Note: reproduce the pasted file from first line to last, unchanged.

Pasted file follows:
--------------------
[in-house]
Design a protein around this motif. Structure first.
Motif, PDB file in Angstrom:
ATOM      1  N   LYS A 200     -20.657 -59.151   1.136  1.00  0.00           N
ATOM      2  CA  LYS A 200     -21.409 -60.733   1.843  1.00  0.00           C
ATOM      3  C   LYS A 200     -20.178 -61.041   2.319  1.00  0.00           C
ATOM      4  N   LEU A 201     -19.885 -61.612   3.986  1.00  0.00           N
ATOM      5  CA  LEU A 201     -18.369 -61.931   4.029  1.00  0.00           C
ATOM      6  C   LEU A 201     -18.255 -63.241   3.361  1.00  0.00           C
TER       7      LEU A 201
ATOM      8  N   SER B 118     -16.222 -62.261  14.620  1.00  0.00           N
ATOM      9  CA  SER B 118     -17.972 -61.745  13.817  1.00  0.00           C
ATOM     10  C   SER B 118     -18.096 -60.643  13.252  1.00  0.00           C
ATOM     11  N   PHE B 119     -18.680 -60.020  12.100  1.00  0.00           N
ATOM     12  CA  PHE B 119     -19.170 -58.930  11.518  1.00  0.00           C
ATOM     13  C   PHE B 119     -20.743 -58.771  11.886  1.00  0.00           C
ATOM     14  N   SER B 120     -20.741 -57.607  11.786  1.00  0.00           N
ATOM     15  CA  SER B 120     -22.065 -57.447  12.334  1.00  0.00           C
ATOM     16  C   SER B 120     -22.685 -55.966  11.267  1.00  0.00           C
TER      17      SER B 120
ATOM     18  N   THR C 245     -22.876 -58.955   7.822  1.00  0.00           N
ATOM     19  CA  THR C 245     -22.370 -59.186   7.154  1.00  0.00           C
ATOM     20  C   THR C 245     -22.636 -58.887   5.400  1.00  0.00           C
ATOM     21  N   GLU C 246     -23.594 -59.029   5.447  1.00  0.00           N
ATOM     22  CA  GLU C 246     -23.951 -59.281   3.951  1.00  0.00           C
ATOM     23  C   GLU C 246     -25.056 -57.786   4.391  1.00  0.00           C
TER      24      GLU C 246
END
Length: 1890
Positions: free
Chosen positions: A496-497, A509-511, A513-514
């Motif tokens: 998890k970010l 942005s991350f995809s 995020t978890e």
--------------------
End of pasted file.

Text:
[in-house]
Design a protein around this motif. Structure first.
Motif, PDB file in Angstrom:
ATOM      1  N   LYS A 200     -20.657 -59.151   1.136  1.00  0.00           N
ATOM      2  CA  LYS A 200     -21.409 -60.733   1.843  1.00  0.00           C
ATOM      3  C   LYS A 200     -20.178 -61.041   2.319  1.00  0.00           C
ATOM      4  N   LEU A 201     -19.885 -61.612   3.986  1.00  0.00           N
ATOM      5  CA  LEU A 201     -18.369 -61.931   4.029  1.00  0.00           C
ATOM      6  C   LEU A 201     -18.255 -63.241   3.361  1.00  0.00           C
TER       7      LEU A 201
ATOM      8  N   SER B 118     -16.222 -62.261  14.620  1.00  0.00           N
ATOM      9  CA  SER B 118     -17.972 -61.745  13.817  1.00  0.00           C
ATOM     10  C   SER B 118     -18.096 -60.643  13.252  1.00  0.00           C
ATOM     11  N   PHE B 119     -18.680 -60.020  12.100  1.00  0.00           N
ATOM     12  CA  PHE B 119     -19.170 -58.930  11.518  1.00  0.00           C
ATOM     13  C   PHE B 119     -20.743 -58.771  11.886  1.00  0.00           C
ATOM     14  N   SER B 120     -20.741 -57.607  11.786  1.00  0.00           N
ATOM     15  CA  SER B 120     -22.065 -57.447  12.334  1.00  0.00           C
ATOM     16  C   SER B 120     -22.685 -55.966  11.267  1.00  0.00           C
TER      17      SER B 120
ATOM     18  N   THR C 245     -22.876 -58.955   7.822  1.00  0.00           N
ATOM     19  CA  THR C 245     -22.370 -59.186   7.154  1.00  0.00           C
ATOM     20  C   THR C 245     -22.636 -58.887   5.400  1.00  0.00           C
ATOM     21  N   GLU C 246     -23.594 -59.029   5.447  1.00  0.00           N
ATOM     22  CA  GLU C 246     -23.951 -59.281   3.951  1.00  0.00           C
ATOM     23  C   GLU C 246     -25.056 -57.786   4.391  1.00  0.00           C
TER      24      GLU C 246
END
Length: 1890
Positions: free
Chosen positions: A496-497, A509-511, A513-514
């Motif tokens: 998890k970010l 942005s991350f995809s 995020t978890e």